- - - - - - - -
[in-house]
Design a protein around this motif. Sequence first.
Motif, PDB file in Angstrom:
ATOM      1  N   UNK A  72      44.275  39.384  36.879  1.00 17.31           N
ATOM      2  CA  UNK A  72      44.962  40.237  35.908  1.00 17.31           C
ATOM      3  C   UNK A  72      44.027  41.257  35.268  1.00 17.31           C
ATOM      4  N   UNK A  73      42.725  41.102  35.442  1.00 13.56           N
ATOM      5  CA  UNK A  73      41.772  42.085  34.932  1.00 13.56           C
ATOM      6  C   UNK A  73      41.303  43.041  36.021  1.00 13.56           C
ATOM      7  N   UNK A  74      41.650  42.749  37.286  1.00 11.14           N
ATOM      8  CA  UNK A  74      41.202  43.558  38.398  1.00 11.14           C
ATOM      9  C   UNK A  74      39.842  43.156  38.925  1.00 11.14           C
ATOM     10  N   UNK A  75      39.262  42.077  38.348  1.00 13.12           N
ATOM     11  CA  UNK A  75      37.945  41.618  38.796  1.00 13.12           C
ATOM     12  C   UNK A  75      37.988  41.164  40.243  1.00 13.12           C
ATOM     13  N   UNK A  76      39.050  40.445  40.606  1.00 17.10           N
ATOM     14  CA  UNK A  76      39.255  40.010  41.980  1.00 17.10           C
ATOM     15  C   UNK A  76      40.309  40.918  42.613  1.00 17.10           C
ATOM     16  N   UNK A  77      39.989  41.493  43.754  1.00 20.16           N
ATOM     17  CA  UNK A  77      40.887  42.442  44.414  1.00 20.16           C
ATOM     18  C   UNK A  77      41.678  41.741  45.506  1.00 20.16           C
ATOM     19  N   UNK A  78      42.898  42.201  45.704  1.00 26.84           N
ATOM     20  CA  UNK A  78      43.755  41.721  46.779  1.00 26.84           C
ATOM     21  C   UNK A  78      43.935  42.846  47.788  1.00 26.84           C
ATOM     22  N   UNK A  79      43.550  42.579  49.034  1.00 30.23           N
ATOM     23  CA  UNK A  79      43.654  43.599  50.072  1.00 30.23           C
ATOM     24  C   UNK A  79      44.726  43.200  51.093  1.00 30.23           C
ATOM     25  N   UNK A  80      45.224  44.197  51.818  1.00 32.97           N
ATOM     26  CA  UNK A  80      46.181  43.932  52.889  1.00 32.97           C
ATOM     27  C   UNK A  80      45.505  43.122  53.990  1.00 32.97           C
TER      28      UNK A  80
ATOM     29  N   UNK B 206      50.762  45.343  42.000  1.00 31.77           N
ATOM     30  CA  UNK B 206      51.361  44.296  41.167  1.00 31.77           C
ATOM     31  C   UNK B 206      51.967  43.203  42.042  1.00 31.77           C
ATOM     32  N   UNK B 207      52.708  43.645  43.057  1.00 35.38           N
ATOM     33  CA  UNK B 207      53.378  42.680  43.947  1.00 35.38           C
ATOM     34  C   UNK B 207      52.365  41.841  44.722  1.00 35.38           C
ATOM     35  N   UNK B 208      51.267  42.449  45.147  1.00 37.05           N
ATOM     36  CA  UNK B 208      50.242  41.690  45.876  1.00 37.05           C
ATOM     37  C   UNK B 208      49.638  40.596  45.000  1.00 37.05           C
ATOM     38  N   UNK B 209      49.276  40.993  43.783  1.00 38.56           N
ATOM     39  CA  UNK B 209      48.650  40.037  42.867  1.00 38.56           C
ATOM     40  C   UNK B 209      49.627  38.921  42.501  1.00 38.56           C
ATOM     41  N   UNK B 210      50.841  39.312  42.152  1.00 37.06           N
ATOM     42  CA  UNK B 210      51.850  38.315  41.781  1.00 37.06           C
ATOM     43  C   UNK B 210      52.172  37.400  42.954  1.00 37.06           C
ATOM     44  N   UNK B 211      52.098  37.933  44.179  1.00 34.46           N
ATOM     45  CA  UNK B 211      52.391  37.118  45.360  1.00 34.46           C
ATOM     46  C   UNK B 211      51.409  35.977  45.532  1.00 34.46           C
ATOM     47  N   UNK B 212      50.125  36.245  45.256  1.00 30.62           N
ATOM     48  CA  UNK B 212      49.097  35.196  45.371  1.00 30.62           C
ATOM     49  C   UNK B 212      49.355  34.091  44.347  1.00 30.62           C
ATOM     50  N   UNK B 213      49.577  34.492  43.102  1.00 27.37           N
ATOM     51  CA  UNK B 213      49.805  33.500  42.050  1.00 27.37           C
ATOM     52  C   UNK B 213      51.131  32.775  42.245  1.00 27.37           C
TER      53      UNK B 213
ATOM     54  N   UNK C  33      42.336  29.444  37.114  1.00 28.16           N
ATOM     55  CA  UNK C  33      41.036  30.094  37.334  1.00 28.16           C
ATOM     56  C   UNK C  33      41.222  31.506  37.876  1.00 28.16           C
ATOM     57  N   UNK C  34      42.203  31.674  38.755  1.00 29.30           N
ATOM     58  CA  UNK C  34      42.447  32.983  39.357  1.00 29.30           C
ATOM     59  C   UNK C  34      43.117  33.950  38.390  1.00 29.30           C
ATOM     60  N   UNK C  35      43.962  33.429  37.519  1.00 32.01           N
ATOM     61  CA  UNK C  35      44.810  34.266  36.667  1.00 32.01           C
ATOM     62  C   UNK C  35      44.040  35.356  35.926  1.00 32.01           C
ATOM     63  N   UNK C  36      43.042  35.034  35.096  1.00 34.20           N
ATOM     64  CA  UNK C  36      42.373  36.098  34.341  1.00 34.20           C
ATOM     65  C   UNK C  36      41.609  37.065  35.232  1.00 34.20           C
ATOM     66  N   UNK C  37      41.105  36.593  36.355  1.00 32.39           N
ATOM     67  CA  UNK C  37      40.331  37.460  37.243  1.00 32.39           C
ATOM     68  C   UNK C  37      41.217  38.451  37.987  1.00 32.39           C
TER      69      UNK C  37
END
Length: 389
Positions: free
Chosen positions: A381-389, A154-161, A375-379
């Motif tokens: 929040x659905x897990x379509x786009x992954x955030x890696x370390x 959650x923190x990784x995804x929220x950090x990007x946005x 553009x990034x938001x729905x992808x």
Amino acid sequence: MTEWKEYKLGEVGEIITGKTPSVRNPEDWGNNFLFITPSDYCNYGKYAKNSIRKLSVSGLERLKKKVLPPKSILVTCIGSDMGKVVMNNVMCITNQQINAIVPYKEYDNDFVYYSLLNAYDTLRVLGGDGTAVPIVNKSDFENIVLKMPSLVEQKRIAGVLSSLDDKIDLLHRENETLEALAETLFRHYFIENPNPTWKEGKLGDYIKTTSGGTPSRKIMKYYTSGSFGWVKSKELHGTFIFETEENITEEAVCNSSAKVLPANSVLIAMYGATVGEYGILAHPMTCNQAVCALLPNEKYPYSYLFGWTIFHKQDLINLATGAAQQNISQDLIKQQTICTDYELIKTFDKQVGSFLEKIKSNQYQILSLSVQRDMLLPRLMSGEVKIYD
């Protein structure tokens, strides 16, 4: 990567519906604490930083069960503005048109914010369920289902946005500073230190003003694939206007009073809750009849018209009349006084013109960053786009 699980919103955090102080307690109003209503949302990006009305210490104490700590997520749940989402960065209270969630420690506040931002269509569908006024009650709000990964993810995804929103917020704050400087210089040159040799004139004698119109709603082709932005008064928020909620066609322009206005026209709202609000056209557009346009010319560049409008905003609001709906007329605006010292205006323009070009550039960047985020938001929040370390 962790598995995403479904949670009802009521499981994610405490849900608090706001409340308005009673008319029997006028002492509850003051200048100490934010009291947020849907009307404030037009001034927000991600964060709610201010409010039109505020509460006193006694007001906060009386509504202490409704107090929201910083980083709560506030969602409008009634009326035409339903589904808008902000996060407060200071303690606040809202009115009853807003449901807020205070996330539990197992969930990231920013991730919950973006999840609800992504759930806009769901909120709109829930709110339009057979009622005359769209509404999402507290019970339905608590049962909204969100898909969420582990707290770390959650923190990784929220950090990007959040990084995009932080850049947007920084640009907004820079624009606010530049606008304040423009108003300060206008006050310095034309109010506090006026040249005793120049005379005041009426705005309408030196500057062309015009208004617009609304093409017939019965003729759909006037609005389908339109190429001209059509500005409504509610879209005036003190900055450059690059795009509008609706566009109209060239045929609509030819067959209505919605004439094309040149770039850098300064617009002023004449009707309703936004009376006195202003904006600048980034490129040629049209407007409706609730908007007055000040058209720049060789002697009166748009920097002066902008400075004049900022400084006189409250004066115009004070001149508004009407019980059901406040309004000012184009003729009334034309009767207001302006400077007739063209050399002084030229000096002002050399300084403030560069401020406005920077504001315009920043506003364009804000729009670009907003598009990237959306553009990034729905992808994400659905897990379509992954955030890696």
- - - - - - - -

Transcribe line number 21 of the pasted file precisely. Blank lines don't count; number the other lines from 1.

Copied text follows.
ATOM     18  C   UNK A  77      41.678  41.741  45.506  1.00 20.16           C